Physiological Responses to High-Intensity Interval Exercise Differing in Interval Duration

Wesley J. Tucker, Brandon J. Sawyer, Catherine L. Jarrett, Dharini M. Bhammar, Glenn Gaesser

Research output: Contribution to journalArticle

31 Scopus citations

Abstract

We determined the oxygen uptake (Vo2), heart rate (HR), and blood lactate responses to 2 high-intensity interval exercise protocols differing in interval length. On separate days, 14 recreationally active males performed a 4 × 4 (four 4-minute intervals at 90-95% HRpeak, separated by 3-minute recovery at 50 W) and 16 × 1 (sixteen 1-minute intervals at 90-95% HRpeak, separated by 1-minute recovery at 50 W) protocol on a cycle ergometer. The 4 × 4 elicited a higher mean Vo2 (2.44 ± 0.4 vs. 2.36 ± 0.4 L·min-1) and "peak" Vo2 (90-99% vs. 76-85% Vo2 peak) and HR (95-98% HRpeak vs. 81-95% HRpeak) during the high-intensity intervals. Average power maintained was higher for the 16 × 1 (241 ± 45 vs. 204 ± 37 W), and recovery interval Vo2 and HR were higher during the 16 × 1. No differences were observed for blood lactate concentrations at the midpoint (12.1 ± 2.2 vs. 10.8 ± 3.1 mmol·L-1) and end (10.6 ± 1.5 vs. 10.6 ± 2.4 mmol·L-1) of the protocols or ratings of perceived exertion (7.0 ± 1.6 vs. 7.0 ± 1.4) and Physical Activity Enjoyment Scale scores (91 ± 15 vs. 93 ± 12). Despite a 4-fold difference in interval duration that produced greater between-interval transitions in Vo2 and HR and slightly higher mean Vo2 during the 4 × 4, mean HR during each protocol was the same, and both protocols were rated similarly for perceived exertion and enjoyment. The major difference was that power output had to be reduced during the 4 × 4 protocol to maintain the desired HR.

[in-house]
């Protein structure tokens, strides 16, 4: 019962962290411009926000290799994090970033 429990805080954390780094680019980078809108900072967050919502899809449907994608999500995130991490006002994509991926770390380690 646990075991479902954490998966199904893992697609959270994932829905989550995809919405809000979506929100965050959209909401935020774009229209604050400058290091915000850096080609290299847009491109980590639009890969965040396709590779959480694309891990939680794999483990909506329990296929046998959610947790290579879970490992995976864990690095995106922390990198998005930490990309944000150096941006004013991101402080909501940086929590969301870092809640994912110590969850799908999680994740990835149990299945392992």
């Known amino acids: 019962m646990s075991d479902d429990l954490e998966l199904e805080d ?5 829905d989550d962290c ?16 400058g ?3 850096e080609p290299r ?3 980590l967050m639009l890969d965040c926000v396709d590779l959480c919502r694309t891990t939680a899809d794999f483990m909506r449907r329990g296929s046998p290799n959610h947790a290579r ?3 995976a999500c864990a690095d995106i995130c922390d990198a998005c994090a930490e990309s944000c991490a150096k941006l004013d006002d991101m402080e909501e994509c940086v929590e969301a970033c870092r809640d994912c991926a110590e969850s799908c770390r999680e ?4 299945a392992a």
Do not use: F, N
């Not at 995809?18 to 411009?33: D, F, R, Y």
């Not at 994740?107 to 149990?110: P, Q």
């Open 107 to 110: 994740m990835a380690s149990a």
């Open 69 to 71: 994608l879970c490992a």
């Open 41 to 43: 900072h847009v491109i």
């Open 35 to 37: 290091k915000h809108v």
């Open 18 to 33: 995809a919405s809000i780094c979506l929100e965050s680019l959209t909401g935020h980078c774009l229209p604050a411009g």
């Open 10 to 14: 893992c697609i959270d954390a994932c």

Original languageEnglish (US)
Pages (from-to)3326-3335
Number of pages10
JournalJournal of Strength and Conditioning Research
Volume29
Issue number12
DOIs
StatePublished - Dec 1 2015

Keywords

  • exercise prescription
  • exercise training
  • lactate
  • RPE
  • Vo

ASJC Scopus subject areas

  • Orthopedics and Sports Medicine
  • Physical Therapy, Sports Therapy and Rehabilitation

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